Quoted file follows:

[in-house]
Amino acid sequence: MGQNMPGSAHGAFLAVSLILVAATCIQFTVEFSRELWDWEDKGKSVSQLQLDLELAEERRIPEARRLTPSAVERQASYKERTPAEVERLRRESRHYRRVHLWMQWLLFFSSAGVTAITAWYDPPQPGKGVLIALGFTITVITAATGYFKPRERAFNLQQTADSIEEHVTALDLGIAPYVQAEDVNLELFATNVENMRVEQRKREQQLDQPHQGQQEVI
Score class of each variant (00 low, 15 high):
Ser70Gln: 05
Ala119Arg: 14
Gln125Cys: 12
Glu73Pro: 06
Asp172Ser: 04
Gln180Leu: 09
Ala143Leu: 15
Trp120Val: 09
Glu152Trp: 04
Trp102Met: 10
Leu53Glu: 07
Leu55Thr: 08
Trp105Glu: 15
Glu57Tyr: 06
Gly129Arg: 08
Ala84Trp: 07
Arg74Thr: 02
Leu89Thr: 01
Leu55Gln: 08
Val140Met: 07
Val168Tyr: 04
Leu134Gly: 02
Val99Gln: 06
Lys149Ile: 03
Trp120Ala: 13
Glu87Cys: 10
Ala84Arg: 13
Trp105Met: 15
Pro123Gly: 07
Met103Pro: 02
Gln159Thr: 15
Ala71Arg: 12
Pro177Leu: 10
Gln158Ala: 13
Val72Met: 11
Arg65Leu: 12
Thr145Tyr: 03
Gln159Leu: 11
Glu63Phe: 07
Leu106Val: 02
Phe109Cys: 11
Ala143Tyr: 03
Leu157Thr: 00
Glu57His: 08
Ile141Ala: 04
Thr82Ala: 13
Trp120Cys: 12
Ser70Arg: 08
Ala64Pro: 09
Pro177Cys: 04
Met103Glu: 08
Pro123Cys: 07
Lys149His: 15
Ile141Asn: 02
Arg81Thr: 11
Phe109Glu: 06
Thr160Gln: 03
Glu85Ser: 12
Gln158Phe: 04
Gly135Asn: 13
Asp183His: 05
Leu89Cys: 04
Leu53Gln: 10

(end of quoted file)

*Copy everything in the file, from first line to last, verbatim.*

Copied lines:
[in-house]
Amino acid sequence: MGQNMPGSAHGAFLAVSLILVAATCIQFTVEFSRELWDWEDKGKSVSQLQLDLELAEERRIPEARRLTPSAVERQASYKERTPAEVERLRRESRHYRRVHLWMQWLLFFSSAGVTAITAWYDPPQPGKGVLIALGFTITVITAATGYFKPRERAFNLQQTADSIEEHVTALDLGIAPYVQAEDVNLELFATNVENMRVEQRKREQQLDQPHQGQQEVI
Score class of each variant (00 low, 15 high):
Ser70Gln: 05
Ala119Arg: 14
Gln125Cys: 12
Glu73Pro: 06
Asp172Ser: 04
Gln180Leu: 09
Ala143Leu: 15
Trp120Val: 09
Glu152Trp: 04
Trp102Met: 10
Leu53Glu: 07
Leu55Thr: 08
Trp105Glu: 15
Glu57Tyr: 06
Gly129Arg: 08
Ala84Trp: 07
Arg74Thr: 02
Leu89Thr: 01
Leu55Gln: 08
Val140Met: 07
Val168Tyr: 04
Leu134Gly: 02
Val99Gln: 06
Lys149Ile: 03
Trp120Ala: 13
Glu87Cys: 10
Ala84Arg: 13
Trp105Met: 15
Pro123Gly: 07
Met103Pro: 02
Gln159Thr: 15
Ala71Arg: 12
Pro177Leu: 10
Gln158Ala: 13
Val72Met: 11
Arg65Leu: 12
Thr145Tyr: 03
Gln159Leu: 11
Glu63Phe: 07
Leu106Val: 02
Phe109Cys: 11
Ala143Tyr: 03
Leu157Thr: 00
Glu57His: 08
Ile141Ala: 04
Thr82Ala: 13
Trp120Cys: 12
Ser70Arg: 08
Ala64Pro: 09
Pro177Cys: 04
Met103Glu: 08
Pro123Cys: 07
Lys149His: 15
Ile141Asn: 02
Arg81Thr: 11
Phe109Glu: 06
Thr160Gln: 03
Glu85Ser: 12
Gln158Phe: 04
Gly135Asn: 13
Asp183His: 05
Leu89Cys: 04
Leu53Gln: 10